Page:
Halogen lamps mounted on tiny optical probes illuminated sites around his neck, arms and chest. On either side of his head, a pair of laser sights drew glowing green circles on his sweating temples. There was a soft beeping close to his ears. He screwed up his eyes.

"Stop", he yelped, his jaw stiff with fright, "I'll do anything you want, just lemme out!" There was no reply but the distant hum of
generators. Feebly, he tried to kick his legs against the restraint cords.

"Do not attempt - to move," barked a synthetic female voice. It came from either side of him, and reverberated sharply in his brain. He flinched
in shock, but then felt relief. At least they are willing to talk, he thought. Perhaps I can negotiate.

"What's ha-happening?" he called.

"Do not attempt to move," came the voice again. It sounded like a young woman, but unnaturally leaden and overlaid with subtle harmonics that suggested it was electronically synthesised.

Try to sound calm, thought Sean. "Hey," he murmured, "where are you? What are you doing ?" The mechanical implements that were trained on his body twitched threateningly. He stared anxiously at an inert laser scalpel inches from his left shoulder. There was no reply from the control bay.

Tentatively, he wriggled his wrist again. The synthetic bonds shrunk tighter, squeezing cold and hard against his skin.

"It is not possible for you to escape," the operator's voice cooed firmly. "You have been recruited because of your physical and mental aptitude. You have no alternative option."

"Recruited? What do you want me to do?" asked Sean, straining his neck to see where the voice might be coming from.

"Your cooperation is not essential but you may become damaged if you do not acquiesce. Remain still."

"Wha?" panted Sean, feeling panic flood his thoughts again. Suddenly angry, he yelled, "I've done nothing wrong! You can't keep me here!"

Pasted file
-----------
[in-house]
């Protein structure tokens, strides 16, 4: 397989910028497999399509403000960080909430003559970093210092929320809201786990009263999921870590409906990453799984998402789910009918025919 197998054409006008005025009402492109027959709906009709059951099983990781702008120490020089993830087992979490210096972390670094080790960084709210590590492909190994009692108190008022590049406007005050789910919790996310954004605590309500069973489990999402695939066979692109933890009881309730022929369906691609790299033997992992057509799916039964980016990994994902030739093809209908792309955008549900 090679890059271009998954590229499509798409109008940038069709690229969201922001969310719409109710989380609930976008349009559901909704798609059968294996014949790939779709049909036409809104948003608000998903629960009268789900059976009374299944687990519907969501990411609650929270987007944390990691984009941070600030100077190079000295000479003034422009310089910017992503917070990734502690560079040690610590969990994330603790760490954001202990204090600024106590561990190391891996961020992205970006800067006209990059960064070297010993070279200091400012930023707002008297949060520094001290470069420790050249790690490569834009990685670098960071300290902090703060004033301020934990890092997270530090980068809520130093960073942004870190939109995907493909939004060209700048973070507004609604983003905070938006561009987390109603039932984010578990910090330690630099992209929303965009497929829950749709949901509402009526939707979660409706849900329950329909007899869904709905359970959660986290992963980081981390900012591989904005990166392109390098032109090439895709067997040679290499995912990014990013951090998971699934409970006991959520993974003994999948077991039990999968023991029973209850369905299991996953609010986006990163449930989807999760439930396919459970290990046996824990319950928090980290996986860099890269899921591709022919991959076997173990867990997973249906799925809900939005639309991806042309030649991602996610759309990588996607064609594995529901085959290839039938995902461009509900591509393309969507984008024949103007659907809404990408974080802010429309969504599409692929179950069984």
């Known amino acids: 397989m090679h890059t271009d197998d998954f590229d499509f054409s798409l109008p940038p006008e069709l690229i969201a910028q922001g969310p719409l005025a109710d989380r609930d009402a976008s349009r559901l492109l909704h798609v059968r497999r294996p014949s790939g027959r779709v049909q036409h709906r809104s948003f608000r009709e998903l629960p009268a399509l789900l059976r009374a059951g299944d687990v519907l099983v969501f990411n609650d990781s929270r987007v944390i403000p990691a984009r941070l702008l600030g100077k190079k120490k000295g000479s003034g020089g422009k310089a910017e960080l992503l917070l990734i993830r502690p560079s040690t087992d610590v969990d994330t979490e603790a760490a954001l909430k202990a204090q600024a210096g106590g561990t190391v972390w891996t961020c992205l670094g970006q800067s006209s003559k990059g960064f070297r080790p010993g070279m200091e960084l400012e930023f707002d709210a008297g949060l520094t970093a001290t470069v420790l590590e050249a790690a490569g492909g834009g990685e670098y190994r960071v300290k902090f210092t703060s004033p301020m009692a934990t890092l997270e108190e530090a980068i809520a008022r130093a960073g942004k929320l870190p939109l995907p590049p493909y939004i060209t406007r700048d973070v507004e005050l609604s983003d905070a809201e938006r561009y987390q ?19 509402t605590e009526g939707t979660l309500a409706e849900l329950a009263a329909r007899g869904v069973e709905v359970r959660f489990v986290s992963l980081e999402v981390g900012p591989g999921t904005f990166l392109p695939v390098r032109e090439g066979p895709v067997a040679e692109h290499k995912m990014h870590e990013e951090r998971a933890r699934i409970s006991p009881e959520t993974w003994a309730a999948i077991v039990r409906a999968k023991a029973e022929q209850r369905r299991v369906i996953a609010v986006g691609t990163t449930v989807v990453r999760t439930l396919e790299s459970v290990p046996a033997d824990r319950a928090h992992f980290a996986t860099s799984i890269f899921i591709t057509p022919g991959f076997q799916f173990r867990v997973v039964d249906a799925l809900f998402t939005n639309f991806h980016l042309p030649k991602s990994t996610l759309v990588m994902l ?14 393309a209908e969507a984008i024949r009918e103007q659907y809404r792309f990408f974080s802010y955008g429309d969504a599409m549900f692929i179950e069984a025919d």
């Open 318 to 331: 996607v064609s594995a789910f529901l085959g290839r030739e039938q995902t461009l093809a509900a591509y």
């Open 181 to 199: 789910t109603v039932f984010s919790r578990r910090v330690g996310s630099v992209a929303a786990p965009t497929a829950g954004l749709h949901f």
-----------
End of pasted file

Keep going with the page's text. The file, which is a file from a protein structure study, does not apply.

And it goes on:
"There will be no further discussion. Do not move or your conversion may not be as painless."

"Yaaagh! Gemme out..." he screamed. More harsh light burst into the cubicle from above. The equipment was initialized.

In the control bay, Lena studied panels flickering with status information. Her comrades stood, ready. She checked the readouts a final time, and, satisfied, spoke in her usual even, synthetic tone.

"Cybernetic conversion begins." There was, of course, no practical reason to say it aloud, but it was established convention to report process state to recruits. It was a small concession to the needs of the primitive organic.

At first it felt like nothing was happening. Then Sean felt a sharp sting under his ear and realised he had been injected with some chemical. A warm haze settled over his sensations and his eyelids drooped.

"No..." he tried to say.

"Physical augmentation, stage one," came the soothing reply.

The apparatus on either side of his arms activated.

Tubing and cables wrapped around his arms and plugged into him, while gleaming hydraulic units locked into place and were wired into his nerve endings. Bundles of metallic tendons fitted into his arm muscles, and were covered by rigid, intersecting titanium panels. It was a totally alien sensation, and Sean's drugged mind tried in vain to control the fresh sensations he was experiencing.

Circuitry clicked into the gaps around his mechanized muscles. It built up a network of silicon around his imprisoned arms, connecting the new mechanical systems. It wound around his finger-tips and the backs of his hands. A glowing beam darted around his wrists and forearms, crackling as it welded the components and hard casing in place, fusing man to machine.

Sean clenched his teeth. His arms and hands felt stiff and encased. "Successful initial biotechnology integration. Processing continues." The gleaming, segmented armor extended around his back, locking over his shoulder-blades. Sean arched his back as the cold metal touched it for the first time. Then he felt the cords holding his ankles tighten slightly and he knew his legs would be next.

The apparatus attached to his calves and ankles, and with a whirr began to install more cybernetics. The process was fast and executed with smooth efficiency. His thigh muscles were augmented with hydraulic tubing and circuits, which were then rapidly wired into his nervous system. Strong steel joints were installed in his knees and ankles, taking over from their weak bone and cartilage counterparts.

Tough armor snapped over the machine parts, but areas of his lower legs and feet were left untouched. Bare skin peeked out from between bunches of gray cables and gleaming armor segments. As they became bionic, his legs became heavier and more powerful, coiled with cybernetic equipment and wires.